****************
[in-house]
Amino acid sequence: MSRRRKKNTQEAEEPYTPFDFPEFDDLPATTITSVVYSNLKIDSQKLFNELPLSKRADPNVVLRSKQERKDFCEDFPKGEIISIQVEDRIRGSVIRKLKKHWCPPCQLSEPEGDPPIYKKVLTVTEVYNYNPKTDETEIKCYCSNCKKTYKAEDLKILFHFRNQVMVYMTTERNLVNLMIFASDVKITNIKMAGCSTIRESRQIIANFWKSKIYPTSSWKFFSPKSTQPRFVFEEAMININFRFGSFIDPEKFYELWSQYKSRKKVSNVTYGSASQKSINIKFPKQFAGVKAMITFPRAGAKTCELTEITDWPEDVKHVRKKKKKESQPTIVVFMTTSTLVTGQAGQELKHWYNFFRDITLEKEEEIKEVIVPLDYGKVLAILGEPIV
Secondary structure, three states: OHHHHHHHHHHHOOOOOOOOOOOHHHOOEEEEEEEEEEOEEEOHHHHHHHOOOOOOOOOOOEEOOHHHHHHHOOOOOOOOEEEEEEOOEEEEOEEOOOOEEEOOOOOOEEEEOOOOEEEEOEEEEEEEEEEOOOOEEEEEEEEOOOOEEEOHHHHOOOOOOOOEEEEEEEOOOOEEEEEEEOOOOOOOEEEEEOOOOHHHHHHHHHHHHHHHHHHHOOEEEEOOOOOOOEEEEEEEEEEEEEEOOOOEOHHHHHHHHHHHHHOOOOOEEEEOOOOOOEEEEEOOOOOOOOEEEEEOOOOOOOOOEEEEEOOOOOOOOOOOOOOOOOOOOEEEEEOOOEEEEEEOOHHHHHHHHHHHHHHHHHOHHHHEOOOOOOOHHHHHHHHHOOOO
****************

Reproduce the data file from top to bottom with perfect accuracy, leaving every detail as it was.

[in-house]
Amino acid sequence: MSRRRKKNTQEAEEPYTPFDFPEFDDLPATTITSVVYSNLKIDSQKLFNELPLSKRADPNVVLRSKQERKDFCEDFPKGEIISIQVEDRIRGSVIRKLKKHWCPPCQLSEPEGDPPIYKKVLTVTEVYNYNPKTDETEIKCYCSNCKKTYKAEDLKILFHFRNQVMVYMTTERNLVNLMIFASDVKITNIKMAGCSTIRESRQIIANFWKSKIYPTSSWKFFSPKSTQPRFVFEEAMININFRFGSFIDPEKFYELWSQYKSRKKVSNVTYGSASQKSINIKFPKQFAGVKAMITFPRAGAKTCELTEITDWPEDVKHVRKKKKKESQPTIVVFMTTSTLVTGQAGQELKHWYNFFRDITLEKEEEIKEVIVPLDYGKVLAILGEPIV
Secondary structure, three states: OHHHHHHHHHHHOOOOOOOOOOOHHHOOEEEEEEEEEEOEEEOHHHHHHHOOOOOOOOOOOEEOOHHHHHHHOOOOOOOOEEEEEEOOEEEEOEEOOOOEEEOOOOOOEEEEOOOOEEEEOEEEEEEEEEEOOOOEEEEEEEEOOOOEEEOHHHHOOOOOOOOEEEEEEEOOOOEEEEEEEOOOOOOOEEEEEOOOOHHHHHHHHHHHHHHHHHHHOOEEEEOOOOOOOEEEEEEEEEEEEEEOOOOEOHHHHHHHHHHHHHOOOOOEEEEOOOOOOEEEEEOOOOOOOOEEEEEOOOOOOOOOEEEEEOOOOOOOOOOOOOOOOOOOOEEEEEOOOEEEEEEOOHHHHHHHHHHHHHHHHHOHHHHEOOOOOOOHHHHHHHHHOOOO